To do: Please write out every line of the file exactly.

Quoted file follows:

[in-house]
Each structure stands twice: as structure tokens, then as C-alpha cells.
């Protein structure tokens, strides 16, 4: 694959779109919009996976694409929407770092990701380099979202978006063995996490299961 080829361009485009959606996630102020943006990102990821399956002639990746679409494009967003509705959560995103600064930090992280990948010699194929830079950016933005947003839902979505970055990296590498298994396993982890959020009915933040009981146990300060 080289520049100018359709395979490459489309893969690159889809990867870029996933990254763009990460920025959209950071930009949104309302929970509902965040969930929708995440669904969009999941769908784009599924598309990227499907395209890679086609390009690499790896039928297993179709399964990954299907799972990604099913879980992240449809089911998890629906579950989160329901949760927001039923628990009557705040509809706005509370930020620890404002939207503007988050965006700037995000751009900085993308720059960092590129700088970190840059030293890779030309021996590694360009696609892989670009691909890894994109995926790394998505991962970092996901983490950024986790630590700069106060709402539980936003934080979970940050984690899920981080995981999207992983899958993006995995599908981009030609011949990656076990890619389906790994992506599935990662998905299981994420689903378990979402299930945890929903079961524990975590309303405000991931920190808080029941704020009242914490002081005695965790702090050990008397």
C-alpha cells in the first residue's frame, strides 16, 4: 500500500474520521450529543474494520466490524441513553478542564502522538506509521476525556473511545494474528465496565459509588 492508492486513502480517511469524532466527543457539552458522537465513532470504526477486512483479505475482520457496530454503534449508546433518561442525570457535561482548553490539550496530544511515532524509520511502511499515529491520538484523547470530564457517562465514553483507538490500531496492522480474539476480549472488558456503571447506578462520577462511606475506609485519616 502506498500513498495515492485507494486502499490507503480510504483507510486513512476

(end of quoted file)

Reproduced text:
[in-house]
Each structure stands twice: as structure tokens, then as C-alpha cells.
């Protein structure tokens, strides 16, 4: 694959779109919009996976694409929407770092990701380099979202978006063995996490299961 080829361009485009959606996630102020943006990102990821399956002639990746679409494009967003509705959560995103600064930090992280990948010699194929830079950016933005947003839902979505970055990296590498298994396993982890959020009915933040009981146990300060 080289520049100018359709395979490459489309893969690159889809990867870029996933990254763009990460920025959209950071930009949104309302929970509902965040969930929708995440669904969009999941769908784009599924598309990227499907395209890679086609390009690499790896039928297993179709399964990954299907799972990604099913879980992240449809089911998890629906579950989160329901949760927001039923628990009557705040509809706005509370930020620890404002939207503007988050965006700037995000751009900085993308720059960092590129700088970190840059030293890779030309021996590694360009696609892989670009691909890894994109995926790394998505991962970092996901983490950024986790630590700069106060709402539980936003934080979970940050984690899920981080995981999207992983899958993006995995599908981009030609011949990656076990890619389906790994992506599935990662998905299981994420689903378990979402299930945890929903079961524990975590309303405000991931920190808080029941704020009242914490002081005695965790702090050990008397």
C-alpha cells in the first residue's frame, strides 16, 4: 500500500474520521450529543474494520466490524441513553478542564502522538506509521476525556473511545494474528465496565459509588 492508492486513502480517511469524532466527543457539552458522537465513532470504526477486512483479505475482520457496530454503534449508546433518561442525570457535561482548553490539550496530544511515532524509520511502511499515529491520538484523547470530564457517562465514553483507538490500531496492522480474539476480549472488558456503571447506578462520577462511606475506609485519616 502506498500513498495515492485507494486502499490507503480510504483507510486513512476